East Siberian Laika
Other names: Vostotchno-Sibirskaia Laika
The largest of the wolfish Laika breeds of Russia is a lean and work-lady type, as are her cousins the Karelo-Finnish Laika, Russo-European Laika, and West Siberian Laika. Informally developed to hunt, to pull a sled, and even as a drover, she has enjoyed more purposed breeding by professionals over the past half-century after her numbers declined dramatically. She is said to have the closest connection, among her cousins, to her wolf heritage, and as such she can be a little hunty and independent and therefore unsuitable for some young families. However, were you to locate one of these rare beasts for adoption, you would likely find her a loyal and serious companion.
Key facts about the East Siberian Laika
Origins and history
The East Siberian Laika is an exotic mix of Siberian wolf with the Chinese and Japanese spitz-type dogs that passed through the region centuries ago. It wasn’t until 1947 that she was granted her own breed name aside from that of her Laika cousins. Her number dipped as this all-purpose dog lost out in popularity to more specifically-purposed dogs, but efforts were made to build her number, and today her numbers are now safe, if still quite low.
FCI breed nomenclature
Group 5 - Spitz and primitive types
Section 2 : Nordic Hunting Dogs
Physical characteristics of the East Siberian Laika
Female : Between 21 and 24 in
Male : Between 22 and 25 in
Female : Between 44 and 66 lb
Male : Between 44 and 66 lb
White, or piebald (white with patches). May have specks of colour on legs.
Type of coat
Double: harsh, straight outer and soft, woolly inner. Medium length.
Wolfish with a little less discipline to her look than the more cartoony West Siberian Laika, the Eastie is all the same easy on the eye: her proportionally large, serious head may give the impression of being slimmer than it is due to a wedgy outline that borders on the triangular. Her face is economical, with a short, blunt muzzle, tight lips, and slanting oval eyes. Her ears are erect and V-shaped. Her body is broad but tight, muscular, and poised for action, while the fluffy, sickle-shaped tail of this hunter of the former Soviet Union adds relief.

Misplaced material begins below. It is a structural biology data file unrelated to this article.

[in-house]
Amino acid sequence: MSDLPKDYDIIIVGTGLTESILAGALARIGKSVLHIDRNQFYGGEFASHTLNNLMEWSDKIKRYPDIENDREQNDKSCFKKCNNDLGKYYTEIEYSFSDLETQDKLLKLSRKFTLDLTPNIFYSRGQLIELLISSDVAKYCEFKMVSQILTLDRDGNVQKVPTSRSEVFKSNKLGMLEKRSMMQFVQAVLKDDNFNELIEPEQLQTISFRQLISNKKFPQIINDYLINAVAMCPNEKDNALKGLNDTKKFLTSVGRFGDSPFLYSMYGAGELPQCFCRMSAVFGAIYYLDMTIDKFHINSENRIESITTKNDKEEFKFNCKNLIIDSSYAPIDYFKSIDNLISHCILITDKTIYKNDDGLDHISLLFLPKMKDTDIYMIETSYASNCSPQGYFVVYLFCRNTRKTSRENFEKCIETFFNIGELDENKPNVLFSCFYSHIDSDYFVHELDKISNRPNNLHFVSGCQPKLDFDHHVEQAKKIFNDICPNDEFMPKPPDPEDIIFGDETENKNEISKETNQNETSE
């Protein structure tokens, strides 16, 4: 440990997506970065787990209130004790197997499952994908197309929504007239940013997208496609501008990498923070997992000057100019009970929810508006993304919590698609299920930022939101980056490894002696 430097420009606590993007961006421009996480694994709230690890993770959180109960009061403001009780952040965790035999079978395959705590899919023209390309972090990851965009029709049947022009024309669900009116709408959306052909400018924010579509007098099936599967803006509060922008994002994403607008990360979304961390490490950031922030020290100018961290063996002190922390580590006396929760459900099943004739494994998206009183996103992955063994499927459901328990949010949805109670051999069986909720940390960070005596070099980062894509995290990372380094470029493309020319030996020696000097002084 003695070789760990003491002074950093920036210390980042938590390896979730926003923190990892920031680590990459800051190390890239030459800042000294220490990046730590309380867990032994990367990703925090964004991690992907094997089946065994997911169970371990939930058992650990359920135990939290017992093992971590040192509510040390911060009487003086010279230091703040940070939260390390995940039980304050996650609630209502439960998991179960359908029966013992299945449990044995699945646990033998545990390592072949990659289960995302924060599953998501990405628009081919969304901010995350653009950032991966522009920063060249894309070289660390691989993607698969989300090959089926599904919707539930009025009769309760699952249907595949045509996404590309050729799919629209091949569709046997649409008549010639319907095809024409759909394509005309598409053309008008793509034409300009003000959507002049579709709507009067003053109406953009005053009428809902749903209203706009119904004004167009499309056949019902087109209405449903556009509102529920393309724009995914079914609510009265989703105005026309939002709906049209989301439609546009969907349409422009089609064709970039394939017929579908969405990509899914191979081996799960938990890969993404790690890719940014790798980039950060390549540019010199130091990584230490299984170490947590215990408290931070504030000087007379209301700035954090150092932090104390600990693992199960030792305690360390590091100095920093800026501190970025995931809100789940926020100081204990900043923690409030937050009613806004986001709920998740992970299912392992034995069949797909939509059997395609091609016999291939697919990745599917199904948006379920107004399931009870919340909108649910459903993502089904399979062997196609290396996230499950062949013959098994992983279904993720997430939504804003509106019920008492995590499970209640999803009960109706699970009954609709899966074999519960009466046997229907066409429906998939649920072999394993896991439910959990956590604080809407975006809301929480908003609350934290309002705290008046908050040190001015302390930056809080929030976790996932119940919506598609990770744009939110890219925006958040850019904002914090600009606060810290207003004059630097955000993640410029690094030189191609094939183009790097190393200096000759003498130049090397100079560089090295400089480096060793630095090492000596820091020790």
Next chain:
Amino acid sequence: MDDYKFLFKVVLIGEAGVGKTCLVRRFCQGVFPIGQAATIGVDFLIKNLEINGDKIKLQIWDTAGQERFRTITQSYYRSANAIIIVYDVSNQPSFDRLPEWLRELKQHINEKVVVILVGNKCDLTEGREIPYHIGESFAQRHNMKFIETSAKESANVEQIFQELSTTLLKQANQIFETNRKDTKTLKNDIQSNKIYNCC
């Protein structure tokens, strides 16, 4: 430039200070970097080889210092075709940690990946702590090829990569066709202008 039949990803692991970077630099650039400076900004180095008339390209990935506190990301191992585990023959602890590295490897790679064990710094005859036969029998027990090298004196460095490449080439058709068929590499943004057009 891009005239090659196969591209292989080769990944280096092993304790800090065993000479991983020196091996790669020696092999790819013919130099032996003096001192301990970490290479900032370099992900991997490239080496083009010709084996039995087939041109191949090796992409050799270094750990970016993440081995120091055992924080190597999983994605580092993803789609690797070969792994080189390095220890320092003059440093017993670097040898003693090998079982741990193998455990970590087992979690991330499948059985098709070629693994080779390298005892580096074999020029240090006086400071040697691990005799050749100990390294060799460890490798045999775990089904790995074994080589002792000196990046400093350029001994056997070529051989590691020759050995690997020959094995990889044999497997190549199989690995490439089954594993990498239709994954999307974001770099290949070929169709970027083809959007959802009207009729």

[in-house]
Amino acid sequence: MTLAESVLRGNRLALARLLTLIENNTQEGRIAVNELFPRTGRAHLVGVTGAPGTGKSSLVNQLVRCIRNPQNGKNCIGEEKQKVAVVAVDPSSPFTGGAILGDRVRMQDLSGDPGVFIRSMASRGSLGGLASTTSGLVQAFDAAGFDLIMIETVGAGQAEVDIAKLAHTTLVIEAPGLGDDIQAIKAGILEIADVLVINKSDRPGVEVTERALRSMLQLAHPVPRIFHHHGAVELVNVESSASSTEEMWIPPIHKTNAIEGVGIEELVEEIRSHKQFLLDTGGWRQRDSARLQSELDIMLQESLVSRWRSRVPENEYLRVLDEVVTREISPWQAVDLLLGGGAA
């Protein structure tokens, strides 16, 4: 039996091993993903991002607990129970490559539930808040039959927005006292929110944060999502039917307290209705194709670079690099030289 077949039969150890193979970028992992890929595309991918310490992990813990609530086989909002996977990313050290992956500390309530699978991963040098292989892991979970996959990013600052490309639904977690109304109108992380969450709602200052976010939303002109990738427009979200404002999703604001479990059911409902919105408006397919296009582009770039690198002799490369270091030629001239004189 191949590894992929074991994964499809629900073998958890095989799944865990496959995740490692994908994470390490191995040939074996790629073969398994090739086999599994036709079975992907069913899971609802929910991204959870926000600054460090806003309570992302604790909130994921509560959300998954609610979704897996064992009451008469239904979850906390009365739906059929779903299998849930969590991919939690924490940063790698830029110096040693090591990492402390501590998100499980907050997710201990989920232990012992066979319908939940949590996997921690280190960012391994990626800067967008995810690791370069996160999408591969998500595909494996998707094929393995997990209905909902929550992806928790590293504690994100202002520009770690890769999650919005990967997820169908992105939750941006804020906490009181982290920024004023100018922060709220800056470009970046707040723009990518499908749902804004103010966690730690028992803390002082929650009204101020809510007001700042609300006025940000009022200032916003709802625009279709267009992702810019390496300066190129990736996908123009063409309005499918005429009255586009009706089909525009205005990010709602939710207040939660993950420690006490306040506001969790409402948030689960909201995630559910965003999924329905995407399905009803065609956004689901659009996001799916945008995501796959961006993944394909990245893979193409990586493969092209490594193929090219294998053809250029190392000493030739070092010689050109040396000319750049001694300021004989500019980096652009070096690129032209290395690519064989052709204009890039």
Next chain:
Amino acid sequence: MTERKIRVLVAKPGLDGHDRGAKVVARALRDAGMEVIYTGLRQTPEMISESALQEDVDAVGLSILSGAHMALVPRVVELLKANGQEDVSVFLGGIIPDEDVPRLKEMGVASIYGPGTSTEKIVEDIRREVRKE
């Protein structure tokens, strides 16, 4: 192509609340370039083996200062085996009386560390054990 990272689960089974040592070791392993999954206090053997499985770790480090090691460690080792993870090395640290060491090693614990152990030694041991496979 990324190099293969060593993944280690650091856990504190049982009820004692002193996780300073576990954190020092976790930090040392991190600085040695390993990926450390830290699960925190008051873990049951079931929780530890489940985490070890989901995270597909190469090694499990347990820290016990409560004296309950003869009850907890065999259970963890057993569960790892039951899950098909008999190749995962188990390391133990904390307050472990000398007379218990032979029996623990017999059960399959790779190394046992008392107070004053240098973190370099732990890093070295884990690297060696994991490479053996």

Good to know
The East Siberian Laika is hard to get hold of outside of her native region.
The East Siberian Laika will usually be affectionate, kind, and trustworthy towards her family.
This dog likes to be kept stimulated with play and challenges, but she can also keep herself entertained.
She is constantly on the alert.
This is one very intelligent hound, who can be used for many hunting or sledding missions.
The East Siberian Laika is a natural hunter and however domestic she may appear, those instincts linger still.
Fearful / wary of strangers
She may be wary of unfamiliar people and can be very protective of her family.
She is an independent-minded dog, since her ancestors needed to use their initiative in the field; this means she can be a bit stubborn today.
Behaviour of the East Siberian Laika
Loneliness is not a problem for her, as long as she is not constantly isolated from her social group.
Easy to train / obedience
The East Siberian Laika is clever and eager to please, so training can be a joy – except when she rears that stubborn nature of hers.
She has a pretty active voice.